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Fastened Mate

lonnie_1lonnie_1 Member Posts: 36 ✭✭
Is  the offset check box shown in the help file for a fastened mate been removed?
It does not show up in the dialog box for me.

Best Answer

Answers

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    lonnie_1lonnie_1 Member Posts: 36 ✭✭
    Thanks, I guess i should have searched first. :)
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    jakeramsleyjakeramsley Member, Moderator, Onshape Employees, Developers Posts: 658
    After the recent maintenance this morning, we now have the ability to do offset mating in the mates themselves.  Users can now specify a distance in the x, y, and z to offset when creating a fasten mate.  Likewise, other mates will have similar offsets based on their degrees of freedom.
    Jake Ramsley

    Director of Quality Engineering & Release Manager              onshape.com
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    3dcad3dcad Member, OS Professional, Mentor Posts: 2,470 PRO
    edited April 2015
    After playing a while with mate connectors they are making sense more and more. With offset fastened mate is very fast and powerfull connector. 

    This is actually something I would add to Geomagic wishlist if there was such.. Great work OnShape team!
    //rami
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    andrew_troupandrew_troup Member, Mentor Posts: 1,584 ✭✭✭✭✭
    A few things I like about the OnS mate connector concept

    1) The fact that connectors are a durable addition to the part, reflecting design intent. I mean that they remain intact even when assembly mating scheme needs wholesale revision. The user is gently encouraged to think ahead, about the design intent of the part within the assembly, not as an isolated piece.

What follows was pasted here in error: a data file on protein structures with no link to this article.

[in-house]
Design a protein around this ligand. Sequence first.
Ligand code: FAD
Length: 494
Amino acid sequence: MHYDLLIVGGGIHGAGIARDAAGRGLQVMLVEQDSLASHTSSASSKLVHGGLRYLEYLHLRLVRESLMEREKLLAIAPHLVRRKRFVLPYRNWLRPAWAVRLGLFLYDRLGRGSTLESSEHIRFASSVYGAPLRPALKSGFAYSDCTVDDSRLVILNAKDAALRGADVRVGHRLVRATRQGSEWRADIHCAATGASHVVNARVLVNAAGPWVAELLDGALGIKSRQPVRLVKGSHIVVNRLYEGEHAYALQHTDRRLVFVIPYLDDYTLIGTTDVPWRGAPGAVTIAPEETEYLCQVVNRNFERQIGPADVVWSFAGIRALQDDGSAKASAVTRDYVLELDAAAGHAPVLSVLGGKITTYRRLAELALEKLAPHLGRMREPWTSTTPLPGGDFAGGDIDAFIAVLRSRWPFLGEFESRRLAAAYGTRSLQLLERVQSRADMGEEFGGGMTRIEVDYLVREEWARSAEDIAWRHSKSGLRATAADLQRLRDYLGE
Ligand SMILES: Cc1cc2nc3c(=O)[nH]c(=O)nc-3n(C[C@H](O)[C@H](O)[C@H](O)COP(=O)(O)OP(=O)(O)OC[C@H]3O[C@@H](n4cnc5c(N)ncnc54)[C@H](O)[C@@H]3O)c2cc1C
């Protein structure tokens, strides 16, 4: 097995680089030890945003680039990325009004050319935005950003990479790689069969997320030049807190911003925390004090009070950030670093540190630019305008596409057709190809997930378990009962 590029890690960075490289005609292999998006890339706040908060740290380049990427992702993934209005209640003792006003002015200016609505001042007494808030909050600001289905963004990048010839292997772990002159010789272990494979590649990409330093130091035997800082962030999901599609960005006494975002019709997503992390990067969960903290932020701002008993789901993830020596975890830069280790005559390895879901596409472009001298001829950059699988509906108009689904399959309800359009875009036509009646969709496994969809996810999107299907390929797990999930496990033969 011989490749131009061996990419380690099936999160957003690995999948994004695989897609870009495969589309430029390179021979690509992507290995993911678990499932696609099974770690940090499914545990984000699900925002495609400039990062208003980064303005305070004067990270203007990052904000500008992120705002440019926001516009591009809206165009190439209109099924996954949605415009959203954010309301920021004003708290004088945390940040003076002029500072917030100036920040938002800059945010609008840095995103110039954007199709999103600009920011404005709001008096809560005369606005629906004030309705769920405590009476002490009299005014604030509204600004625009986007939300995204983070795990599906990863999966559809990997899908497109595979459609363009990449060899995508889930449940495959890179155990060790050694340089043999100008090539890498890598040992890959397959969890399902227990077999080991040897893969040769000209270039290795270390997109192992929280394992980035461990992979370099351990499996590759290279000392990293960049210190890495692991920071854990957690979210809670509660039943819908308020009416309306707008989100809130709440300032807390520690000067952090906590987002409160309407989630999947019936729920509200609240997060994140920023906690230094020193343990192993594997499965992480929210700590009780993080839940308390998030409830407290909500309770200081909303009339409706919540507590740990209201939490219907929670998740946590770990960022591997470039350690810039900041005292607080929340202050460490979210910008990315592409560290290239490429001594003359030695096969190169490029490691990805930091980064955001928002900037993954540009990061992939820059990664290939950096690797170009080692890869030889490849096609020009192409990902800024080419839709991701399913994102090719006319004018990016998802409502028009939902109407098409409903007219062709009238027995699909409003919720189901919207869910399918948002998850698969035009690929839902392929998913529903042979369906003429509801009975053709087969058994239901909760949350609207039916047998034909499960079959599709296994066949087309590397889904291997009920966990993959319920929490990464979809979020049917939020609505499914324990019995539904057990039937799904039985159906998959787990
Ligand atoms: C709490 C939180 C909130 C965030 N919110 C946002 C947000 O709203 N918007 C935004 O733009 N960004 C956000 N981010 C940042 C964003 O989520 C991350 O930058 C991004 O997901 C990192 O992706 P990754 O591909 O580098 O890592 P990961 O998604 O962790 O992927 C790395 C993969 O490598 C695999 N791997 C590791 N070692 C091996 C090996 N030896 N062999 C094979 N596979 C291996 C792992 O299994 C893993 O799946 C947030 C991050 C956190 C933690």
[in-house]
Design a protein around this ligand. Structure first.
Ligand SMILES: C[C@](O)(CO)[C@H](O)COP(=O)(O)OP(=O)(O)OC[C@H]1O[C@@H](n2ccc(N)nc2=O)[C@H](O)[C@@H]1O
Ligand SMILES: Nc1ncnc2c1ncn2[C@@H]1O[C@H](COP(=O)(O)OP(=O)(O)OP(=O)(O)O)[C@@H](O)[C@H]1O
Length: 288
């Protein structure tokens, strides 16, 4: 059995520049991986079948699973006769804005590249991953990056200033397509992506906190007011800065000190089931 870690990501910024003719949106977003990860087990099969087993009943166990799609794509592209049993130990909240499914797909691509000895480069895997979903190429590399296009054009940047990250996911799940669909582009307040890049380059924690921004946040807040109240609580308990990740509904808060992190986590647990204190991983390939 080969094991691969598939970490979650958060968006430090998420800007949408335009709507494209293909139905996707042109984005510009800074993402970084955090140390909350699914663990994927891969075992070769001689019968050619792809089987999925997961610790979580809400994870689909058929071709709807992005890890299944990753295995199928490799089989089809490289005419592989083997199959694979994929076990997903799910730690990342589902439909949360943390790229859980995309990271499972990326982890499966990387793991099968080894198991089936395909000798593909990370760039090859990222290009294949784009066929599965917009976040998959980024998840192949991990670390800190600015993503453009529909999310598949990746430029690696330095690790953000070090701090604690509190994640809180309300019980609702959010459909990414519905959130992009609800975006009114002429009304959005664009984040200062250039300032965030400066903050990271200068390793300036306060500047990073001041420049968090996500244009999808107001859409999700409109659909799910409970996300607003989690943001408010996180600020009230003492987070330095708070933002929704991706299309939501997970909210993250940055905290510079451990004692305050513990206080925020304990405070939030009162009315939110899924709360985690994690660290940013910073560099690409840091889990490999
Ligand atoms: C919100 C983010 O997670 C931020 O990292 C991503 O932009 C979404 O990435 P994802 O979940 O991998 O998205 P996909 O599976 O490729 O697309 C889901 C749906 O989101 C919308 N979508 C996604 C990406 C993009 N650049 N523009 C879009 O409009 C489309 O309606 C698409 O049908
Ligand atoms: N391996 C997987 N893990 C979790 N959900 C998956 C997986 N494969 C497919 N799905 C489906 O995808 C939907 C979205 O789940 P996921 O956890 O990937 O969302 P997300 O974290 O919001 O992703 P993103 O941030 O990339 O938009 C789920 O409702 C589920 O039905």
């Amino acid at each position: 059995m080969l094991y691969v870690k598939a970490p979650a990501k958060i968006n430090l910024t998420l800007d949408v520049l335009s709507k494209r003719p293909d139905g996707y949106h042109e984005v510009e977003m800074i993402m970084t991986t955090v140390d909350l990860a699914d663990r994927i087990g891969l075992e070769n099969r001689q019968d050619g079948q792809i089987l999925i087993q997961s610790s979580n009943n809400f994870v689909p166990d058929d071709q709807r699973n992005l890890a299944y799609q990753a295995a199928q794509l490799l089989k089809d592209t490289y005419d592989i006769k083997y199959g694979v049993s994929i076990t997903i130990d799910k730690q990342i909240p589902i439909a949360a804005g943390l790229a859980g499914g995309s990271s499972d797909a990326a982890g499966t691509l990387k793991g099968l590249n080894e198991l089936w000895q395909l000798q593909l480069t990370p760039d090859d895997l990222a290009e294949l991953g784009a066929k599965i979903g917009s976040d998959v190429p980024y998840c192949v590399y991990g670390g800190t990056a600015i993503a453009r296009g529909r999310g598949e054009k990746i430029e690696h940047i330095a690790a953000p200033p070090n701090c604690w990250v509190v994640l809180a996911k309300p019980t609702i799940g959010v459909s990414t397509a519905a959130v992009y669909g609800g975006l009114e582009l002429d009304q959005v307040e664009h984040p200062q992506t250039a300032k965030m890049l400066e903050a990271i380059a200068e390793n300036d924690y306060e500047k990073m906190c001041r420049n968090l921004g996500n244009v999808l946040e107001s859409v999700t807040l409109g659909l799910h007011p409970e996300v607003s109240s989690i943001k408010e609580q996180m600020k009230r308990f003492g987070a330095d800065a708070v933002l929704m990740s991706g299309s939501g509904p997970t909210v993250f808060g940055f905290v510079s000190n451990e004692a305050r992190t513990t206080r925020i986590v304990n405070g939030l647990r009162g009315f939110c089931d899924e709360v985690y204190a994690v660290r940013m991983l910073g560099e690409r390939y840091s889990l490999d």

2) The avoidance of overconstraint typical in other packages, where lots of people routinely use 3 face to face (or plane) mates, each locking down 3 degrees of freedom, resulting in 9 out of 6 dof being constrained. This is why flipping a single mate alignment in (say) Solidworks can be time-consuming, especially in someone else's model; part reorientation in OnS is trivial. Over-constraint also impedes assembly performance and reliability

    3) Radical reduction in number of mates needed, without resorting to the complexity of highly evolved packages where even moderate reduction requires specialised mate types.

    4) They seem to me to have potential to do duty in other roles: probably as coordinate systems, possibly in lieu of reference points and reference axes, maybe even sharing attributes with manipulation triads. They might come in different 'flavours' (and colours?) to avoid role confusion, but a consistent way of depicting and deploying might be a welcome simplification

    5) It seems conceptually elegant to separate the "noun" part of a mate (this is what we want mated) from the "verb" part (this is how we want it mated).

    There are other things I liked, but they escape me at present.

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